In 1993, Turkey upgraded diplomatic relations with Israel to ambassadorial level. The signing of the Oslo Accords between Palestine and Israel led to closer relations. The 1996 military cooperation agreement was signed between the two countries in the fight against the Kurdistan Workers’ Party (PKK) in Turkey, which provided significant logistical and intelligence support to both sides.
In the 2000s, there was a further rapprochement with Israel, due to the “zero problems with neighbours” policy promoted by Erdoğan’s Justice and Development Party. I still remember issue No. 3/1999 of the Italian review of geopolitics “Limes” entitled “Turkey-Israel, the New Alliance”.
In 2002, an Israeli company undertook the project of modernising twelve M-60 tanks belonging to the Turkish armed forces. In 2004, Turkey agreed to sell water to Israel from the Manavgat River.
Prime Minister Erdoğan’s visit to Israel in 2005 was a turning point in terms of mediation between Palestine and Israel and further advancement of bilateral relations. In 2007, Israeli President Shimon Peres and Palestinian President Mahmud Abbas spoke at the Turkish Grand National Assembly one day apart. High-level visits from Israel continued.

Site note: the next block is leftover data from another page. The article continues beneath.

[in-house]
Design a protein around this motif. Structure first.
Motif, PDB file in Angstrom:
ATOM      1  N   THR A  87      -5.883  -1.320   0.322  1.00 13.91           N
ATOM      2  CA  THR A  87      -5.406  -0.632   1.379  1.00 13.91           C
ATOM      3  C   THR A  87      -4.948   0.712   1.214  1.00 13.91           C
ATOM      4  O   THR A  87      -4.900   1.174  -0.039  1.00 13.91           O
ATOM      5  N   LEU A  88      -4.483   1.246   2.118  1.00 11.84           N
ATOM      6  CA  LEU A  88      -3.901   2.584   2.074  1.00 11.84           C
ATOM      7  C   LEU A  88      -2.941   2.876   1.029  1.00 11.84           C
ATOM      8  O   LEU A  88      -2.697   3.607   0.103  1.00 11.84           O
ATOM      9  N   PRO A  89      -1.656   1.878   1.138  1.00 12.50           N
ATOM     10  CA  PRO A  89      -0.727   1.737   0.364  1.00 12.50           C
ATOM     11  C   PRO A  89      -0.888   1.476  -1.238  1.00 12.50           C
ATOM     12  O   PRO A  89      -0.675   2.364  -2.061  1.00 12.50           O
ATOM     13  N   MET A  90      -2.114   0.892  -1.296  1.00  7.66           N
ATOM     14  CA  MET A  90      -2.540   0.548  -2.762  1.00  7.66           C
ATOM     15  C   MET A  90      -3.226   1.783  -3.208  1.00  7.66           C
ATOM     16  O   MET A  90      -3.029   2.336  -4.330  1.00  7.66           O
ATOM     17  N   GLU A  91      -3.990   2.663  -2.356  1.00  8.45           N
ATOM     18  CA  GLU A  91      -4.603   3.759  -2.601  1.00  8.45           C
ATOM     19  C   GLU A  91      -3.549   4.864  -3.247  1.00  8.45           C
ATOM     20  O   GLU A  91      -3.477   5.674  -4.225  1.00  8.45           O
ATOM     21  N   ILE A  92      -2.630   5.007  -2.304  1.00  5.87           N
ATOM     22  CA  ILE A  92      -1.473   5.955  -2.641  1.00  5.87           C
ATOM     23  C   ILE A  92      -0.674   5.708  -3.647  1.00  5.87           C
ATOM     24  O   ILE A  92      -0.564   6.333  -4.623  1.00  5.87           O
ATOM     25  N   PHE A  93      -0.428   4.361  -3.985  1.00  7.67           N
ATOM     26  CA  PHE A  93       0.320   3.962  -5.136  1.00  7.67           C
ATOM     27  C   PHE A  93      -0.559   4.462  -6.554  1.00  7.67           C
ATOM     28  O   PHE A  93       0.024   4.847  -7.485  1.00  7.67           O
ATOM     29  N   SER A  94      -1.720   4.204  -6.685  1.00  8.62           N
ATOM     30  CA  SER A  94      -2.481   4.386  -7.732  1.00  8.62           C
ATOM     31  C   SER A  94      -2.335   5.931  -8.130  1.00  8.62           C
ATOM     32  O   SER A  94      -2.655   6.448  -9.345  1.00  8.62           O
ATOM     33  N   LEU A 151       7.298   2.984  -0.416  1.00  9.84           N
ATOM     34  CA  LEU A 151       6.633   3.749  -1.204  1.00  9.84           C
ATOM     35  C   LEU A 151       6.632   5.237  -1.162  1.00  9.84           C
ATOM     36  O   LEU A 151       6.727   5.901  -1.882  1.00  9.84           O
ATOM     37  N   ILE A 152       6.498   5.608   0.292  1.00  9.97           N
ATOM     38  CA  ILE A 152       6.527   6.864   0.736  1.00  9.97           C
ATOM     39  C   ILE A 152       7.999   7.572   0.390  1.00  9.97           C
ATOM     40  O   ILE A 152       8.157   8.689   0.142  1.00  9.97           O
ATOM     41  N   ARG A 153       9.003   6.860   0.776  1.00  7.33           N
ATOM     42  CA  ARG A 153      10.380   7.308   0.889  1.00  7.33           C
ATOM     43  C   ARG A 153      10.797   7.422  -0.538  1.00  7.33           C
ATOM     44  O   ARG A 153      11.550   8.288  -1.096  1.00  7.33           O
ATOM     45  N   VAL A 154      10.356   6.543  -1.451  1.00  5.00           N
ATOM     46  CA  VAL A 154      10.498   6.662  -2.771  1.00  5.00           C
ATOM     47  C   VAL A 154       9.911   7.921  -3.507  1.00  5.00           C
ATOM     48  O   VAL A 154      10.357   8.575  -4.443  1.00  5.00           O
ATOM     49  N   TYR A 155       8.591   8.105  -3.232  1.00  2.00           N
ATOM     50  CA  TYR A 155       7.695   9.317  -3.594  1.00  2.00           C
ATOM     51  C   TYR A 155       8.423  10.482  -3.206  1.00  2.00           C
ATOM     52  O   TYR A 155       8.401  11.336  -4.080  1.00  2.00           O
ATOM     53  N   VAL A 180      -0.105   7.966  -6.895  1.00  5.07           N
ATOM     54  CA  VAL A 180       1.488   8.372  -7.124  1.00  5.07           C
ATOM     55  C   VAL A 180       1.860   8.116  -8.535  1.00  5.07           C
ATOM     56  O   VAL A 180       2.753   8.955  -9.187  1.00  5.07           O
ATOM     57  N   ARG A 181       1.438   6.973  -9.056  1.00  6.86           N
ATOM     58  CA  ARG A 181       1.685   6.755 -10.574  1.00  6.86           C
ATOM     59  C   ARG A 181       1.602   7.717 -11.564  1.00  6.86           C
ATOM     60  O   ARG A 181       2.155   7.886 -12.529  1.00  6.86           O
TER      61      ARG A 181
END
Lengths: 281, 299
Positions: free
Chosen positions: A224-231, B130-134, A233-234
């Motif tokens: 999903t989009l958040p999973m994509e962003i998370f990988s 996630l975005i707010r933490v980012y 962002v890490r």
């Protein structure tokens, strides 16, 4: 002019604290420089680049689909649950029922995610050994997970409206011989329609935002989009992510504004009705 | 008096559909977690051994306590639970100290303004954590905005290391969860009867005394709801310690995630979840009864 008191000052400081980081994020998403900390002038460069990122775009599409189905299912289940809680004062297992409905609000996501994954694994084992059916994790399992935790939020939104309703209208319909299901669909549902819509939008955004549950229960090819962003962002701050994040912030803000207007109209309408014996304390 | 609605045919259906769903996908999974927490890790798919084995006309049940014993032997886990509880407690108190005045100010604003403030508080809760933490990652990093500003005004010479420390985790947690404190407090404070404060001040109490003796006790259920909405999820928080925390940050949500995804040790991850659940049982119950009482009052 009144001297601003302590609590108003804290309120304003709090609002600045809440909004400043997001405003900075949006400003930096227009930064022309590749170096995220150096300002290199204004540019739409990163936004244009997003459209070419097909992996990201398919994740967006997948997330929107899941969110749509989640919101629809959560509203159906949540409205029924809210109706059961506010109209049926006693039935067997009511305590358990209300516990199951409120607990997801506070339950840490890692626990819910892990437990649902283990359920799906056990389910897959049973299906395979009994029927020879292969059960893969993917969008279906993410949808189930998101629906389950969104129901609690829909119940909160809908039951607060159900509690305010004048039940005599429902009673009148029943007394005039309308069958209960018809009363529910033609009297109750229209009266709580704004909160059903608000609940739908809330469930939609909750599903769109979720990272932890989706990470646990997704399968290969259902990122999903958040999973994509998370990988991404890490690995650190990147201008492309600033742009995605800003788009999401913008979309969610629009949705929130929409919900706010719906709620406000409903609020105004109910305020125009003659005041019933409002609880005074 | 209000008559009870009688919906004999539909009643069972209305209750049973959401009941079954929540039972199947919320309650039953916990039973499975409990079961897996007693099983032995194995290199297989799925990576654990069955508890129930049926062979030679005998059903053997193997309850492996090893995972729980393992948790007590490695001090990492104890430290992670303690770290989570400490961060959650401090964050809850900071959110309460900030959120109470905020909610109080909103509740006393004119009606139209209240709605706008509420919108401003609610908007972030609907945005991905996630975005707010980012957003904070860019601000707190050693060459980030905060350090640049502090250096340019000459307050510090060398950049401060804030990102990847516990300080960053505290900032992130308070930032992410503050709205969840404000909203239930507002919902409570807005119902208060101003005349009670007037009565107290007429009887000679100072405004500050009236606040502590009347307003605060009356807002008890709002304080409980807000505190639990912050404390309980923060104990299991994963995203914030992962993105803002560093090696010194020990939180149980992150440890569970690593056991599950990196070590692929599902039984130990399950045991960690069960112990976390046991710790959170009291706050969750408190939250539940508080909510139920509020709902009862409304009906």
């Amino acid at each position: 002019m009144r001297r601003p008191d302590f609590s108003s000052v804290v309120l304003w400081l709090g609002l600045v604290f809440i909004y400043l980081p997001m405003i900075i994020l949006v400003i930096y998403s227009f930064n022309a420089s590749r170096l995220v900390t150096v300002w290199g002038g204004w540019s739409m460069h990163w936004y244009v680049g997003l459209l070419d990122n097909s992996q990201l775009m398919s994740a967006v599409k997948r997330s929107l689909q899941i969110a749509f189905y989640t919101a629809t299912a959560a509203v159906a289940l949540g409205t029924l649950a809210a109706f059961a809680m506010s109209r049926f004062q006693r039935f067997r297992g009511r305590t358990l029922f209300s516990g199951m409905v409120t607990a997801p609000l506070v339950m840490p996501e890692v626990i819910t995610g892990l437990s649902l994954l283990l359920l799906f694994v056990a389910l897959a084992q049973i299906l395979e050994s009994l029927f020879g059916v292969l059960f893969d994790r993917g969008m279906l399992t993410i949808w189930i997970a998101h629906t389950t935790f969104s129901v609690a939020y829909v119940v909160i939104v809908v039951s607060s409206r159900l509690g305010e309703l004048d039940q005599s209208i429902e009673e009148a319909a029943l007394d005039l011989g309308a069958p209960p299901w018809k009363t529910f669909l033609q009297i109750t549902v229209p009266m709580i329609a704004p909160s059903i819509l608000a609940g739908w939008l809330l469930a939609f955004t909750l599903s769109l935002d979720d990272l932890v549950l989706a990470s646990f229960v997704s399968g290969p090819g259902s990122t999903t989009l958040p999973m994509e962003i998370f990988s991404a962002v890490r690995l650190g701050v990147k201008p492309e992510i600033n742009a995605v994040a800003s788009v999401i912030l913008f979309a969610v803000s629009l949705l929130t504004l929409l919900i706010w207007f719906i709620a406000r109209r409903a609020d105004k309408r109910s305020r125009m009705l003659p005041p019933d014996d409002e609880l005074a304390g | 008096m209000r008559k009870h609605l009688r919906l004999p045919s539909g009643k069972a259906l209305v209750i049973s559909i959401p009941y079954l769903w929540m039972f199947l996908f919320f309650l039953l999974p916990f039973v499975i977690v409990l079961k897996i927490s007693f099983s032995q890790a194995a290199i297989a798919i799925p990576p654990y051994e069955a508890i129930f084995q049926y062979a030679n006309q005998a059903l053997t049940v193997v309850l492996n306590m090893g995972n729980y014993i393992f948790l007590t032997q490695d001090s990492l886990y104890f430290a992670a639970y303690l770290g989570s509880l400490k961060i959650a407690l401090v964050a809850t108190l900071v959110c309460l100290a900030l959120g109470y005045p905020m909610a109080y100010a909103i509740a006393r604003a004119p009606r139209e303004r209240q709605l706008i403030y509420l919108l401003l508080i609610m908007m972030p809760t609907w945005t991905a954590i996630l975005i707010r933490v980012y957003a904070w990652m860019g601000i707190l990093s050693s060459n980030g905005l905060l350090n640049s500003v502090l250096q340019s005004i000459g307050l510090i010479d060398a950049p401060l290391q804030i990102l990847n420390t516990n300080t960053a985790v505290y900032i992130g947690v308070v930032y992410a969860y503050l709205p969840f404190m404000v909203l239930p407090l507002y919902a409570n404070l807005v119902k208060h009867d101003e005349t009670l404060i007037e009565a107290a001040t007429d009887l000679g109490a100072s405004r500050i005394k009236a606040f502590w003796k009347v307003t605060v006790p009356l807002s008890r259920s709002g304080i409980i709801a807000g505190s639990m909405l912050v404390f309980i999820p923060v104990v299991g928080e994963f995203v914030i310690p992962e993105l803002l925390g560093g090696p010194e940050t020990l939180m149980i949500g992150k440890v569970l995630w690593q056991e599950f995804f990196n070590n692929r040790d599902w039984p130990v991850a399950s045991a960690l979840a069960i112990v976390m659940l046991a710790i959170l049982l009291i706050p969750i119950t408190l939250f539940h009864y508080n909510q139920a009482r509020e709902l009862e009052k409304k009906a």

On December 22, 2008, Israeli Prime Minister Ehud Olmert came to Ankara and met with Prime Minister Recep Tayyip Erdoğan. In that meeting, significant progress was made regarding Turkey’s mediation between Israel and Syria.
Apart from the aforementioned incidents, the deterioration of Turkish-Israeli relations occurred five days after the above stated meeting, i.e. Operation “Cast Lead” against Gaza on December 27, 2008. After that event, relations between the two sides were never the same as before.
Recently, however, statements of goodwill have been made by both countries to normalise political relations. In December 2020, President Erdoğan stated he wanted to improve relations with Israel and said: “It is not possible for us to accept Israel’s attitude towards the Palestinian territories. This is the point in which we differ from Israel – otherwise, our heart desires to improve our relations with it as well”.
In its relations with Israel, Turkey is posing the Palestinian issue as a condition. When we look at it from the opposite perspective, the Palestinian issue is a vital matter for Israel. It is therefore a severe obstacle to bilateral relations.
On the other hand, many regional issues such as Eastern Mediterranean, Syria and some security issues in the region require the cooperation of these two key countries. For this reason, it is clear that both sides wish at least to end the crisis, reduce rhetoric at leadership level and focus on cooperation and realpolitik areas.